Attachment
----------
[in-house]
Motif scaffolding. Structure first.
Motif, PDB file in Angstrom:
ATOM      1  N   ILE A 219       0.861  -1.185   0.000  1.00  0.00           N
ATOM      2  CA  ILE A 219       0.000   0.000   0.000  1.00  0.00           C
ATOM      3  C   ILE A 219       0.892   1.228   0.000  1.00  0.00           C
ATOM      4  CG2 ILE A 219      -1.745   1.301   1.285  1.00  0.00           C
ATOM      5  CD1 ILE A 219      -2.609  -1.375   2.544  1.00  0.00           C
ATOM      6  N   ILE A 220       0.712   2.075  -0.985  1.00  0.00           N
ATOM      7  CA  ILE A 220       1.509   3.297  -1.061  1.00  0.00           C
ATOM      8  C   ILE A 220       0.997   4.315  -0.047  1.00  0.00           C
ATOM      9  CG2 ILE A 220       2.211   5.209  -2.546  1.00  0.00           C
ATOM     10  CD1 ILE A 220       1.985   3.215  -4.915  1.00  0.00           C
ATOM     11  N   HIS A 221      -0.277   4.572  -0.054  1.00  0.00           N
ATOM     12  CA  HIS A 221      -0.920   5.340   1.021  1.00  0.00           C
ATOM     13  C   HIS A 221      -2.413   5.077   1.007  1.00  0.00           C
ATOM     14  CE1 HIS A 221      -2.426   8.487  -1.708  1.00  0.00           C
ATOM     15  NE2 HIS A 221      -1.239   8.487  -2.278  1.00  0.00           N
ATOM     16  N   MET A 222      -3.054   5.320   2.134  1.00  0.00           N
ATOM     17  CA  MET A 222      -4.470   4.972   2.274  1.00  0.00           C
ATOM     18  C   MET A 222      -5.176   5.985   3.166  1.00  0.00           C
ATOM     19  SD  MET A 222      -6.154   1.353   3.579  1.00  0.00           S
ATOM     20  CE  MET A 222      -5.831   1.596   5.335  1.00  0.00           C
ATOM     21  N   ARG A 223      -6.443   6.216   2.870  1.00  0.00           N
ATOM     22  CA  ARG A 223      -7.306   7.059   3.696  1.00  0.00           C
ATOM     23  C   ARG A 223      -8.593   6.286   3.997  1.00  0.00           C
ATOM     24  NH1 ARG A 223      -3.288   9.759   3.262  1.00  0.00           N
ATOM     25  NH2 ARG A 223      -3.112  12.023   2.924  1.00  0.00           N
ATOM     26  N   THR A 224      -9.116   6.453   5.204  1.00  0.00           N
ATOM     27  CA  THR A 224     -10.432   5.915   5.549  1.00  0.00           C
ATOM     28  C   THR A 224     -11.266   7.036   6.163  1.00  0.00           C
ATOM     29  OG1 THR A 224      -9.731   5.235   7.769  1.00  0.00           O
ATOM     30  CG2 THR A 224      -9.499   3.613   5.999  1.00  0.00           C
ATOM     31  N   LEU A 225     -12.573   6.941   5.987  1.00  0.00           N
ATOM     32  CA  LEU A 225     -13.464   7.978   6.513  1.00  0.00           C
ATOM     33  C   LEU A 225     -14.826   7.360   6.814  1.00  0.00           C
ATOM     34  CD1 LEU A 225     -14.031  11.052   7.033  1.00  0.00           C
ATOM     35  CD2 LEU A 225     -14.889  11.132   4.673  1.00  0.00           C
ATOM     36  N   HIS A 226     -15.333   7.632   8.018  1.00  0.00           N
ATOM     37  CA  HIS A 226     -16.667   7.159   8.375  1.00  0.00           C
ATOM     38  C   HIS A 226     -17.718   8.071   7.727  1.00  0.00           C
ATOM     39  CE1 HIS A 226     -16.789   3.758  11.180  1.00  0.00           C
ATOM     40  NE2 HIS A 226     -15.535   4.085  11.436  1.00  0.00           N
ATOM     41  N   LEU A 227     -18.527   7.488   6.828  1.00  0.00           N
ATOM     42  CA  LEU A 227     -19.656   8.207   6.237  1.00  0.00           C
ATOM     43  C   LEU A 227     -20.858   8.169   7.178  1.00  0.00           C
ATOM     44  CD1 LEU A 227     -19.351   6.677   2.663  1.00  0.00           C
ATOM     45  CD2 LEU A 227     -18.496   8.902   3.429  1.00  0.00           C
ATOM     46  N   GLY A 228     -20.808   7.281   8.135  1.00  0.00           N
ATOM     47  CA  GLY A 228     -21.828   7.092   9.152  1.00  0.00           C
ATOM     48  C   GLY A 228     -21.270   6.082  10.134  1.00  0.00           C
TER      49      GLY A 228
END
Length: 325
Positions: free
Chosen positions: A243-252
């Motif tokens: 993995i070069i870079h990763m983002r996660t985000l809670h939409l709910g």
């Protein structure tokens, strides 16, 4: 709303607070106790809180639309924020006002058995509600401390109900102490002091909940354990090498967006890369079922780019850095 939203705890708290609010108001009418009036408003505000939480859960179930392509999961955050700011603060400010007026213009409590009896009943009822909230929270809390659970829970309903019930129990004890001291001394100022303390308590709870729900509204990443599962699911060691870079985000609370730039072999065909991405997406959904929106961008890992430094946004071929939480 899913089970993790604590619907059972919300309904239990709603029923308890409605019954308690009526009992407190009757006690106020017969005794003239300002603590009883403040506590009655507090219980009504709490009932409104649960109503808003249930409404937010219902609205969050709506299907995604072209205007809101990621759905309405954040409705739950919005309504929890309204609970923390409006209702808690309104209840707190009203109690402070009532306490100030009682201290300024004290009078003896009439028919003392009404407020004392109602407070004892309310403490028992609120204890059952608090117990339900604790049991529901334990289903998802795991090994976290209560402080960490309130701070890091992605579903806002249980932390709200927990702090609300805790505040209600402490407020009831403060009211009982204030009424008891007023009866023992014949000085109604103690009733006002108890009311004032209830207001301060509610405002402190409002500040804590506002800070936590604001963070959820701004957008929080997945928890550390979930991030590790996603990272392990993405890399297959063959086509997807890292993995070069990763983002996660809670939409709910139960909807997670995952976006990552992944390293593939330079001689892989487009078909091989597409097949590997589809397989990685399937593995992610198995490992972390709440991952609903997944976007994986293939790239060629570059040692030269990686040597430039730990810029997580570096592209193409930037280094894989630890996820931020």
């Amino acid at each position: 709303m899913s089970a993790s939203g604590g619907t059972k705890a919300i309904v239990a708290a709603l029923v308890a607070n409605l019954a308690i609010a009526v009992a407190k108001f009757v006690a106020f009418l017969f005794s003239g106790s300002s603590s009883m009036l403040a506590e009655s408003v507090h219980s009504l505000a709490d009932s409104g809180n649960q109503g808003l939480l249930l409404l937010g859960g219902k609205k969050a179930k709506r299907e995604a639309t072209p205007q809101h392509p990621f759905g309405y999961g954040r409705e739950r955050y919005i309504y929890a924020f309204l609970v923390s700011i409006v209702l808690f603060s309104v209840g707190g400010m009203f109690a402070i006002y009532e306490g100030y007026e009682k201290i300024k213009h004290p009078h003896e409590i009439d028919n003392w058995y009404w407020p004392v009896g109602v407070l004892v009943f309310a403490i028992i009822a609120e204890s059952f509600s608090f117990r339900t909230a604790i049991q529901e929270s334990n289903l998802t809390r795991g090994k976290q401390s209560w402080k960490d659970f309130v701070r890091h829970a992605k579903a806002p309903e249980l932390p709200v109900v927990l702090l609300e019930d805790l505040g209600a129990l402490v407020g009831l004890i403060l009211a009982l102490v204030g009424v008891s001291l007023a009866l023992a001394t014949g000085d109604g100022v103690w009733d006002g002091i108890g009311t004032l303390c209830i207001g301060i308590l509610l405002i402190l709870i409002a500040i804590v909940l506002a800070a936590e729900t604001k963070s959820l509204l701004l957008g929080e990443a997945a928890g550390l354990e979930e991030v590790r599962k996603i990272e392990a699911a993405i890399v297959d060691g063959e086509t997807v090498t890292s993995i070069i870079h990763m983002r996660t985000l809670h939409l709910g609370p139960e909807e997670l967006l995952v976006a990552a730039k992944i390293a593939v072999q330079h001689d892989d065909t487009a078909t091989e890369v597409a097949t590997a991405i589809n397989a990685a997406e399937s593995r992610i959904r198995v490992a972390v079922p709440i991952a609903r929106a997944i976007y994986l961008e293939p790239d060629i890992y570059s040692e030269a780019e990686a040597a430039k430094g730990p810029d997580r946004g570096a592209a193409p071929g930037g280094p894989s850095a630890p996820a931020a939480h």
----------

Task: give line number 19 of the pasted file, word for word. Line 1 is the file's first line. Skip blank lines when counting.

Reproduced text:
ATOM     16  N   MET A 222      -3.054   5.320   2.134  1.00  0.00           N